Hezbollah flags to fly unimpeded at London anti-Israel march

Police say only part of group is listed as banned terror organization, and so it can’t stop banner from being displayed at annual Quds Day rally slated for Sunday

Illustrative: A Hezbollah flag is waved during an Al-Quds rally in London (Steve Winston/via Jewish News)
Illustrative: A Hezbollah flag is waved during an Al-Quds rally in London (Steve Winston/via Jewish News)

Thousands of pro-Palestinian protesters are expected to rally in London Sunday for an annual march often marked by extreme anti-Israel rhetoric and will be allowed to fly Hezbollah flags.

The Quds Day march, scheduled for 3 p.m. London time outside the Saudi Embassy, comes days after similar marches were held in Iran, Syria and other places, with protesters burning flags and chanting “Death to Israel.”

Earlier this month, London police confirmed they will not stop marchers from flying the flag of the Iran-backed Lebanese Hezbollah group, the Jewish Chronicle reported.

Police said because British policy only designated the armed wing of Hezbollah as a terror group, and not its political arm, flying the flag was legitimate political expression.

In years past, the sight of the flag being flown on London’s streets has drawn the ire of the Jewish community and others. Hezbollah, an Iranian proxy group, is responsible for a string of deadly attacks against Israeli and Jewish targets around the world over the last decades, including the 2012 bombing of a bus of Israeli tourists in Bulgaria.

“Purely holding a flag does not necessarily incite religious or racial hatred. It is the words or actions of the person holding the flag that can cause incitement,” police commander Jane Conners wrote in a letter on the matter to MP Louise Ellman, according to the JC.

A policeman looks down a line of demonstrators near the Israeli embassy protesting against the action taken against Gaza, in London, Friday, July 11, 2014. (AP/Alastair Grant)

Ellman called for Parliament to pass a new law blacklisting all of Hezbollah, which Europe has traditionally resisted, citing the group’s important role in Lebanese politics.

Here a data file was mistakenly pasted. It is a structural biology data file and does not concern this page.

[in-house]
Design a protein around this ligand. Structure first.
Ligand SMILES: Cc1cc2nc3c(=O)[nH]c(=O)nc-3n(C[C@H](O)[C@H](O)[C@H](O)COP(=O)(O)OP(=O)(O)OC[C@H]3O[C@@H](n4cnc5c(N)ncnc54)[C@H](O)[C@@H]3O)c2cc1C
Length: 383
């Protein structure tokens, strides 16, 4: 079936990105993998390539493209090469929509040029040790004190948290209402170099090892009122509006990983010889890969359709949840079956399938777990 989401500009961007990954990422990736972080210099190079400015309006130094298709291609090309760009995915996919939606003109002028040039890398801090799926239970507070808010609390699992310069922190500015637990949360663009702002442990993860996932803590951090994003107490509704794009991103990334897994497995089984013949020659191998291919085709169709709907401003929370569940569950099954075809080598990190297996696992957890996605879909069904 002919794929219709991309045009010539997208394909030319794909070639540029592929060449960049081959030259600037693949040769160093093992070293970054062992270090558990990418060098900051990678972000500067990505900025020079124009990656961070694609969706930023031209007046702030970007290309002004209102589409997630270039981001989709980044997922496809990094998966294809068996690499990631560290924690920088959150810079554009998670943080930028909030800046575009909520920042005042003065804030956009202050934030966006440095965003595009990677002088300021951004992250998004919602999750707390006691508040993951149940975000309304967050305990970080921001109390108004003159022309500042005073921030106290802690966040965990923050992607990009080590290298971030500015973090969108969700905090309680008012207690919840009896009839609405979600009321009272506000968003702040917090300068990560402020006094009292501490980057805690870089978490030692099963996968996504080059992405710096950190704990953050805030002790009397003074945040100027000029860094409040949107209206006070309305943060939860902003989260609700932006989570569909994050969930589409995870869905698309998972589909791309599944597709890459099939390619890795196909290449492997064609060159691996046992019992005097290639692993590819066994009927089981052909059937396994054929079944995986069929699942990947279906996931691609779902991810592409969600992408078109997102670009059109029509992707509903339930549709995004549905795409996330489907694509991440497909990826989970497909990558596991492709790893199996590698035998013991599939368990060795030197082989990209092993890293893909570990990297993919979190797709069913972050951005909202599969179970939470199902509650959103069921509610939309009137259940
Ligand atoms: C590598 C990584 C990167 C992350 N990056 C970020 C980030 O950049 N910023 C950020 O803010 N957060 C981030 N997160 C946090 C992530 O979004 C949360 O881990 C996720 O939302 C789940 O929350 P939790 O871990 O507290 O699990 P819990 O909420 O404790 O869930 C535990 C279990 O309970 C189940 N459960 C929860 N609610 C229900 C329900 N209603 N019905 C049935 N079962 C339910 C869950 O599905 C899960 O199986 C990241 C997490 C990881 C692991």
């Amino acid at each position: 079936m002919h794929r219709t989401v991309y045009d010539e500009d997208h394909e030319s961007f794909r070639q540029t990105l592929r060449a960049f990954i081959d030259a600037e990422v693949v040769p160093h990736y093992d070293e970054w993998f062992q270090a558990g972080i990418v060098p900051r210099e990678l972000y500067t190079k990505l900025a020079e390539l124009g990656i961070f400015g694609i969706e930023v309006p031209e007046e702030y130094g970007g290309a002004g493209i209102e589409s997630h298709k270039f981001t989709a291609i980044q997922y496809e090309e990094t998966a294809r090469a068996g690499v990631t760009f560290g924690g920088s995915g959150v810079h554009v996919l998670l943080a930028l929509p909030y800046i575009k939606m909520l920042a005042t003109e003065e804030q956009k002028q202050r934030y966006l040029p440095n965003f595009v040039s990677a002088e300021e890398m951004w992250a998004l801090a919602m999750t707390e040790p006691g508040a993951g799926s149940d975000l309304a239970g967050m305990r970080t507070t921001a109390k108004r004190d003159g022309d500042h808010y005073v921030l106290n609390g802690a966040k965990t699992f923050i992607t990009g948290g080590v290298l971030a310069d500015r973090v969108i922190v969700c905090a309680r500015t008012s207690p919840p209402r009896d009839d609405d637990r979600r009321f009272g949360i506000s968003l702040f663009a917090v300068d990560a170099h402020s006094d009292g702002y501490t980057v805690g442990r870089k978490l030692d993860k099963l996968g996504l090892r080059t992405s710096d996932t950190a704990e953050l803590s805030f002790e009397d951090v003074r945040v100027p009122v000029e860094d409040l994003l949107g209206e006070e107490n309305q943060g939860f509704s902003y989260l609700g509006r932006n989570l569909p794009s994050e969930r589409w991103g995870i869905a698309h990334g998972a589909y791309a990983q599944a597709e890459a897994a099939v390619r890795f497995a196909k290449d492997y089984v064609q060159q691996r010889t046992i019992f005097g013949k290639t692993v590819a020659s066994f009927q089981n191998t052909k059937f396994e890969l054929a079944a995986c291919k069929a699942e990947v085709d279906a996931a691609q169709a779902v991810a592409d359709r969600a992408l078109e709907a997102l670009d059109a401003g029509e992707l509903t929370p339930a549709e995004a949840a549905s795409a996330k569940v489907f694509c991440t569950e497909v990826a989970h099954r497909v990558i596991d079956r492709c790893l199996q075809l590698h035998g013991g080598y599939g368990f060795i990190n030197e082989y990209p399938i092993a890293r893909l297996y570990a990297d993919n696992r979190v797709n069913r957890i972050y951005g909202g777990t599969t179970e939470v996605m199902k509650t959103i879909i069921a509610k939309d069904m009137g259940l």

“If we see the machine-gun adorned flag of an antisemitic terror group on London’s streets again this June it will be due to the inaction of the government – they must act now,” Ellman wrote in response, according to the report.

The Zionist Federation said it was planning a counter-rally but warned far-right extremists not to join the pro-Israel demonstrators.

“Whilst we are proud to stand against this hate, we are acutely aware that elements of the far-right and neo-Nazi groups have been encouraging their members and supporters to also rally against the Al-Quds Day march,” the ZF said in a statement, according to the London-based Jewish News.

Screen capture from video of the Al-Quds march in London, June 18, 2017. (YouTube/Richard Millett)

At a Quds Day rally in London in 2017, marchers carried Hezbollah flags and blamed “Zionists” for a fire in the low-income Grenfell Tower apartment complex in London that left 79 people presumed dead.

“This demonstration calls on justice for Grenfell. Some of the biggest supporters of the Conservative Party are Zionists. They are responsible for the murder of the people in Grenfell. The Zionist supporters of the Tory Party. Free, Free, Palestine!” one man shouted into a microphone during the march, according to the JC.

The Iran-backed Quds Day event occurs annually on the last Friday of Ramadan since the 1979 Islamic Revolution in the country, and this year comes amid higher than normal tensions along the Gaza border, where large-scale protests have taken place weekly, and jitters over a possible confrontation between Iran or Hezbollah and Israel in Syria. Palestinians and supports have also been incensed by the US decision to move its embassy to Jerusalem and recognize the city as the capital of Israel.

Quds is the Arabic name for Jerusalem.

An Iranian protester holds up a Palestinian flag in front of an effigy of US President Donald Trump hanged from a crane in the annual anti-Israeli Quds Day rally in Tehran, Iran, Friday, June 8, 2018 (AP Photo/Vahid Salemi)

In a speech marking the day Friday, Hezbollah leader Hassan Nasrallah threatened that war was coming.

“We do not want to destroy or kill or throw anyone into the sea,” he said. “Get on your planes and boats and go back to the countries you came from.”

But “if you insist on the occupation, the day of the great war is coming, the day we will all pray in Jerusalem.”

Last week, Iranian President Hassan Rouhani issued a message calling on people around the world to attend Quds Day rallies.

“Quds Day is a historic day when everybody protests against tyrants and voices support for an oppressed people who have been displaced from their homes during the past 70 years,” he was quoted as saying by the official Mehr News website.

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